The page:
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My ethics class has an argument re: Abortion that I've never heard before


Larry

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OK, so my Intro to Ethics class is spending two weeks on abortion, now.

Now, I figured that there hadn't been any new arguments on this issue in the last 20 years. But one of our required readings (Judith Thompson: A Defense of Abortion) had an analogy I'd never seen argued before.

(I'm going to try to paraphrase, both to make things shorter and to avoid possible copyright problems.)

You awake one morning, and discover that your back has been surgically attached to the back of someone else. A nearby nurse explains:

The person you're attached to is a world famous violinist. And he has a medical condition which has caused the complete failure of his kidneys. The Association of Music Fans scoured the world, and you are the only person who is a genetic match.

If the violinist is disconnected from you, then he will die. (Unless the two of you remain joined, back to back, for nine months, at which time the disease will have passed, and his kidneys will once again sustain him.)

Do you have the right to demand that he die, so that you can have your body back?

----------

Yeah, it's a really hokey, contrived, analogy. (And yes, I know that dialysis machines exist. But let's pretend that there's some reason why that won't work.)

(And I'll admit that I've only read the first page of the essay, so far.)

But the author's point is: Even if we create a situation in which it is impossible to argue that the "other life" is, beyond a shadow of a doubt, a fully functional human, endowed with every Constitutional protection . . .

Do you have the right to chose not to have your body function as somebody else's life support system? Even if that other person will die without your support?

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Thats pretty much the entire approach that I take towards abortion. (and all liberty for that matter).

You are groovy until you cause another harm or take away their liberty.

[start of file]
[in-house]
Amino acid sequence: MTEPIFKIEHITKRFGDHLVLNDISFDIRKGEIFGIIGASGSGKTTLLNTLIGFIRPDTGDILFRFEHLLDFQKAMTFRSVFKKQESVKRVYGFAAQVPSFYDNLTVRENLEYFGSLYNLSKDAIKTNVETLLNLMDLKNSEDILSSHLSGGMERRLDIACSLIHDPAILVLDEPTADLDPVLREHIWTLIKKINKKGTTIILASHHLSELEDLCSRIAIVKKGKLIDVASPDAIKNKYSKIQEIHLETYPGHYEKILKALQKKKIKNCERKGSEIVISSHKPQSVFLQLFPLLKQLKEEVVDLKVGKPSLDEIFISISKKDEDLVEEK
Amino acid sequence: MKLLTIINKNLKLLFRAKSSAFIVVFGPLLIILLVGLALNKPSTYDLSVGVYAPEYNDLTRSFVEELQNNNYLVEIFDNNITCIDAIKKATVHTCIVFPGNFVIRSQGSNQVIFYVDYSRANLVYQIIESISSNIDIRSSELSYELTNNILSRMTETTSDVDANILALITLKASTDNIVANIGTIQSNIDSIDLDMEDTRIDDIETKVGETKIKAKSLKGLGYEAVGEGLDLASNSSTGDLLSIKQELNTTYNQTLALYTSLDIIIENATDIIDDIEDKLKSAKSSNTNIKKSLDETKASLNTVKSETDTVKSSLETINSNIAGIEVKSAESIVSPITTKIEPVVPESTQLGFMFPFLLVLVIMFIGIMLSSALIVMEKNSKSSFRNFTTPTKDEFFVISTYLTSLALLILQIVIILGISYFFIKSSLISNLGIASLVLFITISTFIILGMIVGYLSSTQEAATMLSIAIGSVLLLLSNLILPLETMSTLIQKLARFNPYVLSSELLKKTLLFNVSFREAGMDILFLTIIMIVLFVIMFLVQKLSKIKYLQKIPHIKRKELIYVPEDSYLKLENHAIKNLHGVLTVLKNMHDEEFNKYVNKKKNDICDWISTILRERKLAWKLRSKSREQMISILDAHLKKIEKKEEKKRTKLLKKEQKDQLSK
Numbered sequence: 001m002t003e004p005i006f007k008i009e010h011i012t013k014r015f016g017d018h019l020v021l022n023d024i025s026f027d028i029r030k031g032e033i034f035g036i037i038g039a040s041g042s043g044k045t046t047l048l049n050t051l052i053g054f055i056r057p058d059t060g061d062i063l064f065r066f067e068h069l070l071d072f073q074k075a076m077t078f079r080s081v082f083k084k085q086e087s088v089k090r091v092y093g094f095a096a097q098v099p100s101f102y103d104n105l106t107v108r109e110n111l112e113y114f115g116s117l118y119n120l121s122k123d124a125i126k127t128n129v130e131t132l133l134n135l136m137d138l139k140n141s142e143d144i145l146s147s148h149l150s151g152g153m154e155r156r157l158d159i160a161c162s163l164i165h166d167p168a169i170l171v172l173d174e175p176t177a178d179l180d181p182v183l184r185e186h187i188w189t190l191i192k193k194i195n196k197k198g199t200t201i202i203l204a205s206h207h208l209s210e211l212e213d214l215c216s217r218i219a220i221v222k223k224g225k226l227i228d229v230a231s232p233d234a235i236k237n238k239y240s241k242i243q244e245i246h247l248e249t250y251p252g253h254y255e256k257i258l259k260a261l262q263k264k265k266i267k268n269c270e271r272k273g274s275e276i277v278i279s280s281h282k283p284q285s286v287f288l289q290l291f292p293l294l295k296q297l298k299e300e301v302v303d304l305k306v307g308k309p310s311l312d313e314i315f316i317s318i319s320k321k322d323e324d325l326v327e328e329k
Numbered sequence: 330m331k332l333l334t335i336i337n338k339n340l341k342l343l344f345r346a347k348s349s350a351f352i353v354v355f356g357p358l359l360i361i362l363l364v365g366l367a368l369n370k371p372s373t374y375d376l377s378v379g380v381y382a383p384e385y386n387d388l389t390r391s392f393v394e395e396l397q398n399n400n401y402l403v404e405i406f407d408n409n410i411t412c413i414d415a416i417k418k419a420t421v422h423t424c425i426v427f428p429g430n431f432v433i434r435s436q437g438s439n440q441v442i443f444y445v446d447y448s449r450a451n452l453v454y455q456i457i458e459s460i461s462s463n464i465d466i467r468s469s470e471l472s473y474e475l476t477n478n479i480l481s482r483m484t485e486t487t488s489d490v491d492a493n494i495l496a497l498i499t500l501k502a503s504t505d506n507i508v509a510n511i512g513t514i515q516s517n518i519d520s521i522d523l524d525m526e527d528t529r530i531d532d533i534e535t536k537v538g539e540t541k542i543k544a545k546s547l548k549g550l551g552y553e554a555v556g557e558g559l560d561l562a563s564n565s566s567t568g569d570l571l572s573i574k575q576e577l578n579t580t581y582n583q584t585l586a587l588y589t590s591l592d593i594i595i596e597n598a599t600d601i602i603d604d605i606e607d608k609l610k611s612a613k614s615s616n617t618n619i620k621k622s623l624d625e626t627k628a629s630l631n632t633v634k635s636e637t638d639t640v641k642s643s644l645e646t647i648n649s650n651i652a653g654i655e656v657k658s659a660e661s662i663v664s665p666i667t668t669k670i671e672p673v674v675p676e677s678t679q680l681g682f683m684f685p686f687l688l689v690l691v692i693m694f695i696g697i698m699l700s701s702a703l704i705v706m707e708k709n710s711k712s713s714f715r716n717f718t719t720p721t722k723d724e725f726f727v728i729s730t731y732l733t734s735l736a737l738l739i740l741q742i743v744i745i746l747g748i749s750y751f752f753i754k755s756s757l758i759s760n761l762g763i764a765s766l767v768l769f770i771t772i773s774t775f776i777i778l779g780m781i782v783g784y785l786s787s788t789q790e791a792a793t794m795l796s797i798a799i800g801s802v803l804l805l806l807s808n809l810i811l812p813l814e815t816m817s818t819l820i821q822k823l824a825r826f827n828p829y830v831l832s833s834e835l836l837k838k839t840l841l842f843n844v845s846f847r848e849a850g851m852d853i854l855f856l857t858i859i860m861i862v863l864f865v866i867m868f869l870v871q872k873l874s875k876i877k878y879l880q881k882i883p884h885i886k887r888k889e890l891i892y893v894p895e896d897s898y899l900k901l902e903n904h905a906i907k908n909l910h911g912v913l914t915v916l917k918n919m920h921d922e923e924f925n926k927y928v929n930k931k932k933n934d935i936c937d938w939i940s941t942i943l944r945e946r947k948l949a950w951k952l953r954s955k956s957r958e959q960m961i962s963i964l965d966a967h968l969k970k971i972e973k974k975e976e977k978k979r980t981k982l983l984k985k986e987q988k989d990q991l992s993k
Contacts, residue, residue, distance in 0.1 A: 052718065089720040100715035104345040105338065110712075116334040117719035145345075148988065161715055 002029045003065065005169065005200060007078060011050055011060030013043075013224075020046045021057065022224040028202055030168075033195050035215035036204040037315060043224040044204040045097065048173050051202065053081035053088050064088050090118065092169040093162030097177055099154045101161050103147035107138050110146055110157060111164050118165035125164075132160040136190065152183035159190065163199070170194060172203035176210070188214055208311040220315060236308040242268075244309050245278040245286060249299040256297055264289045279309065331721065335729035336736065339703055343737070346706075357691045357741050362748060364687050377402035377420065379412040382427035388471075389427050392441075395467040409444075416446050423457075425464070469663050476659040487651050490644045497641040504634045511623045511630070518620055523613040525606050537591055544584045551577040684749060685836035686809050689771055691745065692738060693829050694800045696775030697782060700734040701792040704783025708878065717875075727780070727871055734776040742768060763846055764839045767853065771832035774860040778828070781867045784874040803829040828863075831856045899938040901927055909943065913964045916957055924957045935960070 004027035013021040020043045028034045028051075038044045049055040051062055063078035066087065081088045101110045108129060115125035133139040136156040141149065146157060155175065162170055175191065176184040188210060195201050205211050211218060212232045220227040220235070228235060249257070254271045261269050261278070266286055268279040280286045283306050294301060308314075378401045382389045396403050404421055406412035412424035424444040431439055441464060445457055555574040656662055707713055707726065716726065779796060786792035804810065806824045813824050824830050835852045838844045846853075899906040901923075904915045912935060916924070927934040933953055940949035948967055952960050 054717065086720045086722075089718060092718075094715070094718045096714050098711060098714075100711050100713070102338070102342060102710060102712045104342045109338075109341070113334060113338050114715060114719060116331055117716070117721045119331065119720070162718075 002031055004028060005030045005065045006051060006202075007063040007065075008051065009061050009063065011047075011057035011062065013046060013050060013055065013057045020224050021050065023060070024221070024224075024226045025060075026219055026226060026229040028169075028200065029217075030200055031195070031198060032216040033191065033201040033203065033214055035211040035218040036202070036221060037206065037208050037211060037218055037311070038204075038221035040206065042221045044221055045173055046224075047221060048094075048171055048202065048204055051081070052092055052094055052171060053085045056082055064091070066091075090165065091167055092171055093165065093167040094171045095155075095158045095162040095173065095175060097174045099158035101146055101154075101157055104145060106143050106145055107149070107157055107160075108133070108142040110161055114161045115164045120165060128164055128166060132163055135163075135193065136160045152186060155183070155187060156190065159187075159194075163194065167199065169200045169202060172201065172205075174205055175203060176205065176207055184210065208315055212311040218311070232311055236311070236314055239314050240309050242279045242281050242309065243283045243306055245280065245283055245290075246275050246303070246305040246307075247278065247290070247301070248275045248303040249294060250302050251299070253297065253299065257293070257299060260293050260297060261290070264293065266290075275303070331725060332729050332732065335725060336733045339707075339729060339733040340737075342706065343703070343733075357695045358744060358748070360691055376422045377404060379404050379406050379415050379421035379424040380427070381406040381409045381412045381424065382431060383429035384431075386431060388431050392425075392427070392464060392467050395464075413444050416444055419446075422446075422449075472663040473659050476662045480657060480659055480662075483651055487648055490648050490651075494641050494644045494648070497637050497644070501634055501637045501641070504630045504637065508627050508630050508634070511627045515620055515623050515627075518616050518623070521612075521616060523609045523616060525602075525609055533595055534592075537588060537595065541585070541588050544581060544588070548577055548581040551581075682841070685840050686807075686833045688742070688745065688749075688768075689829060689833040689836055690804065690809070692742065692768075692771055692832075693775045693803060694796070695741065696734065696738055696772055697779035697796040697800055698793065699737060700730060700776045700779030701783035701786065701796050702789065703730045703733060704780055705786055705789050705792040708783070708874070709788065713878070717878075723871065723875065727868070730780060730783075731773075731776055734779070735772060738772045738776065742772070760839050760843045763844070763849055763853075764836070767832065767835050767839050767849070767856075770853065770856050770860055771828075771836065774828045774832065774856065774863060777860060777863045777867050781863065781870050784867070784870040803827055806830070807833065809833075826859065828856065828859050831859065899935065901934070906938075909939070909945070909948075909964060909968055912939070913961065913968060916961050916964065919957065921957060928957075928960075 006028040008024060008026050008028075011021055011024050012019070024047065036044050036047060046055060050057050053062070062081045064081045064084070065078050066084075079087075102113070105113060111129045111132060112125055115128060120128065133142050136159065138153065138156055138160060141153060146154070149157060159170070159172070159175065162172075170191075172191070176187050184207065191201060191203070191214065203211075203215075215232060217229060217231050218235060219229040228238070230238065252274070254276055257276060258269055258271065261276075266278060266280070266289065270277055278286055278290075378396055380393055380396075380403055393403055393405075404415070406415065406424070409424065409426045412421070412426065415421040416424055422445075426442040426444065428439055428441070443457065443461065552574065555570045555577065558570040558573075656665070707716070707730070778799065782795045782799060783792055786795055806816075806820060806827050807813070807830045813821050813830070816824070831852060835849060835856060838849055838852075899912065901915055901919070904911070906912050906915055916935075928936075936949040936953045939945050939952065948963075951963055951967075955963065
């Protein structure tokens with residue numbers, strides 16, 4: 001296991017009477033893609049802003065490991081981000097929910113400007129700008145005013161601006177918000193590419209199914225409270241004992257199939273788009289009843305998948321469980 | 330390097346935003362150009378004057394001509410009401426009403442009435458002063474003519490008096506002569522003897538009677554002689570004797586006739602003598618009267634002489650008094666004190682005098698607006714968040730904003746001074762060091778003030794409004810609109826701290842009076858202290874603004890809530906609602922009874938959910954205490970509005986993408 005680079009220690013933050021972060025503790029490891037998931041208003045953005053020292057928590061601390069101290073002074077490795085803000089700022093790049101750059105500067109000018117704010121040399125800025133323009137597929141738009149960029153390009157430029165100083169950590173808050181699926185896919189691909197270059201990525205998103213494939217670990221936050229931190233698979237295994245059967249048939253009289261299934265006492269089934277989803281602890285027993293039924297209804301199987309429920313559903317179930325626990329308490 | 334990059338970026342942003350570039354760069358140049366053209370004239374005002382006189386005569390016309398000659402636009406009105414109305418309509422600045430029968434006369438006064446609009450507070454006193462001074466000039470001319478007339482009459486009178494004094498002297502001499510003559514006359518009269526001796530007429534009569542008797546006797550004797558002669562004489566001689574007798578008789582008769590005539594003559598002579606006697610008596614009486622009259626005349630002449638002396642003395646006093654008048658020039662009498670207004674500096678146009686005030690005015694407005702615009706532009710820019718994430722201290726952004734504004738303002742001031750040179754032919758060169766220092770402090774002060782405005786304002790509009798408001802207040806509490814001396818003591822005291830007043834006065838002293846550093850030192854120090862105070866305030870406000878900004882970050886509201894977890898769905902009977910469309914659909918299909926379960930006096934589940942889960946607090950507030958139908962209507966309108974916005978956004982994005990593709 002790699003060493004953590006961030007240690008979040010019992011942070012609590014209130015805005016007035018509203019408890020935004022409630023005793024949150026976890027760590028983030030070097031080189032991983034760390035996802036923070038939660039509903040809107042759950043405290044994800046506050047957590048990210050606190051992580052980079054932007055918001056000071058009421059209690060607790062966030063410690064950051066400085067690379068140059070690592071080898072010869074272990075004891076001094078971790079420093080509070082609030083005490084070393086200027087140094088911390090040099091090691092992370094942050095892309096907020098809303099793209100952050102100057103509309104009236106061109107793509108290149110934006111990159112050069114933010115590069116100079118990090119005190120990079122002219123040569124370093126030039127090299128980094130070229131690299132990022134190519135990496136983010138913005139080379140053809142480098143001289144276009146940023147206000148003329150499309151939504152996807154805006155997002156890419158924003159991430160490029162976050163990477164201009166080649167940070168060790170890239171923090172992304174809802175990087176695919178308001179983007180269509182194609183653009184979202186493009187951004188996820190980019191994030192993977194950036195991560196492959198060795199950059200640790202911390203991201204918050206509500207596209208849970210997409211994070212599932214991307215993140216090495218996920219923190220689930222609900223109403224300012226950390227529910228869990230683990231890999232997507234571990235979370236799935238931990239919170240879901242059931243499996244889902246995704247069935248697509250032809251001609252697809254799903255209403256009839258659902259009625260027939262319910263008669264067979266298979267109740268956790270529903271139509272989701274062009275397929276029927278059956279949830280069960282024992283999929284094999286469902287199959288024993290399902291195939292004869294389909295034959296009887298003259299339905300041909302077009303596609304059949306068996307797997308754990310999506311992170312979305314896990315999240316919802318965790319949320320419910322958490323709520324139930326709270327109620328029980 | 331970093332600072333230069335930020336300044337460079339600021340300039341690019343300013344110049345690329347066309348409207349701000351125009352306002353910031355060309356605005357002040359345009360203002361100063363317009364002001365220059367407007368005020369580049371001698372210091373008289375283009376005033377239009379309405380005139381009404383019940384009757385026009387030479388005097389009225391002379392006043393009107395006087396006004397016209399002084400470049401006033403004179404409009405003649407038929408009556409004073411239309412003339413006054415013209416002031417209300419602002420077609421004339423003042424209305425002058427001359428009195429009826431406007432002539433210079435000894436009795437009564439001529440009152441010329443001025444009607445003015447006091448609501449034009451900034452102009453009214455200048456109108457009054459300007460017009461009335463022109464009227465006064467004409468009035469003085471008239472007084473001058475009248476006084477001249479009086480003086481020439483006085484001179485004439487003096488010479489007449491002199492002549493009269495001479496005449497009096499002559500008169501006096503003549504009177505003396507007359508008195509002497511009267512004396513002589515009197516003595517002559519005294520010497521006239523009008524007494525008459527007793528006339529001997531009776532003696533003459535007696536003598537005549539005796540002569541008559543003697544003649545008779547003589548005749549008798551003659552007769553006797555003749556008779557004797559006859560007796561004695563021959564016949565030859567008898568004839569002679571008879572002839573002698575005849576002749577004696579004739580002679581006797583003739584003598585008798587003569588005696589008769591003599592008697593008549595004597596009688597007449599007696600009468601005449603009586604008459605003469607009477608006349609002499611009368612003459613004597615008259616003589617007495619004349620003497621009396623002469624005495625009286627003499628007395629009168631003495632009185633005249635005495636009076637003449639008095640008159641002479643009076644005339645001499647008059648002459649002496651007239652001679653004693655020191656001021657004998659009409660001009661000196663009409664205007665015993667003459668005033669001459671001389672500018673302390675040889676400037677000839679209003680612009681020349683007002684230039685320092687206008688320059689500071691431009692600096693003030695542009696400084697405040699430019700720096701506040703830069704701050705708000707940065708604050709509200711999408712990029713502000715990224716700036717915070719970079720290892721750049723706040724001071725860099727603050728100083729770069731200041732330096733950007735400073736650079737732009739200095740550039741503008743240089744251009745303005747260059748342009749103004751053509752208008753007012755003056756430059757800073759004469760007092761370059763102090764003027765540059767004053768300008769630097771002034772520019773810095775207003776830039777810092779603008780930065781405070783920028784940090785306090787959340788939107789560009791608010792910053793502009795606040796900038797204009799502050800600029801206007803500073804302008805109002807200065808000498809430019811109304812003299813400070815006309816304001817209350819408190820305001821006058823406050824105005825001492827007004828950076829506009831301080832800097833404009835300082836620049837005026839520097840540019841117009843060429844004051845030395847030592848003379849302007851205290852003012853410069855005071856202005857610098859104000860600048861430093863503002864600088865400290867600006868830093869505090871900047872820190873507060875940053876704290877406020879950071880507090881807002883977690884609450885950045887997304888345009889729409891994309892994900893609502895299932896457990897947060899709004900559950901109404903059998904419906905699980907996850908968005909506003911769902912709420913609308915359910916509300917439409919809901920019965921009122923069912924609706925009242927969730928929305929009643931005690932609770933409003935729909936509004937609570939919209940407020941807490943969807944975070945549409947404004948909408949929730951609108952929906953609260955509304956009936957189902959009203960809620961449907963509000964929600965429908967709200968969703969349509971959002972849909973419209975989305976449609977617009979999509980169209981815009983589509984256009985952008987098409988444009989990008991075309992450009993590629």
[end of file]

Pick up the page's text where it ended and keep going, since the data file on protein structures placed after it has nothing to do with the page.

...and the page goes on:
In the case you mention, I would say yes, you have the right to let him die so you can have your body back.

I'd feel the same in the case where an unborn baby is endangering the mother's life too.

---------- Post added February-27th-2011 at 01:08 PM ----------

That seems like a rather poor analogy on the basis that it doesn't account for the difference in sentience.

It shouldnt matter

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That is a silly analogy. Most people get abortions not because they have a child inside them for 9 months and want their bodies back but because of what happens after they are born. It is the whole notion of I cannot take care of a baby, I don't have money, I cannot change jobs, etc.

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That is a silly analogy. Most people get abortions not because they have a child inside them for 9 months and want their bodies back but because of what happens after they are born. It is the whole notion of I cannot take care of a baby, I don't have money, I cannot change jobs, etc.

Thus the reason many are against abortion. None off what you outlined as reasons are justification to end another's life.

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That seems like a rather poor analogy on the basis that it doesn't account for the difference in sentience.

Well, if your point is that the violinist is sentient, whereas the fetus is, at best, debatable, then you're right.

But I suspect the author's point is to say that the whole argument about whether a fertilized egg is a person doesn't end the debate, even if it's proven. She's attempting to argue that even if we assume that you are supporting what is clearly a person, by any definition you want to make, then that still doesn't grant society the power to demand that you donate your body to serve as another person's life support system.

---------- Post added February-27th-2011 at 01:17 PM ----------

In the case you mention, I would say yes, you have the right to let him die so you can have your body back.

I'd feel the same in the case where an unborn baby is endangering the mother's life too.

The violinist is not threatening the life of the "mother" in any way.

---------- Post added February-27th-2011 at 01:19 PM ----------

That is a silly analogy. Most people get abortions not because they have a child inside them for 9 months and want their bodies back but because of what happens after they are born. It is the whole notion of I cannot take care of a baby, I don't have money, I cannot change jobs, etc.

So your point is that it's not about being a life support system for nine months, it's about being a life support system for 20 years?

Well, if you think it would be a better analogy for the violinist to be attached to you for 20 years, feel free to respond to that one. :)

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Well, if your point is that the violinist is sentient, whereas the fetus is, at best, debatable, then you're right.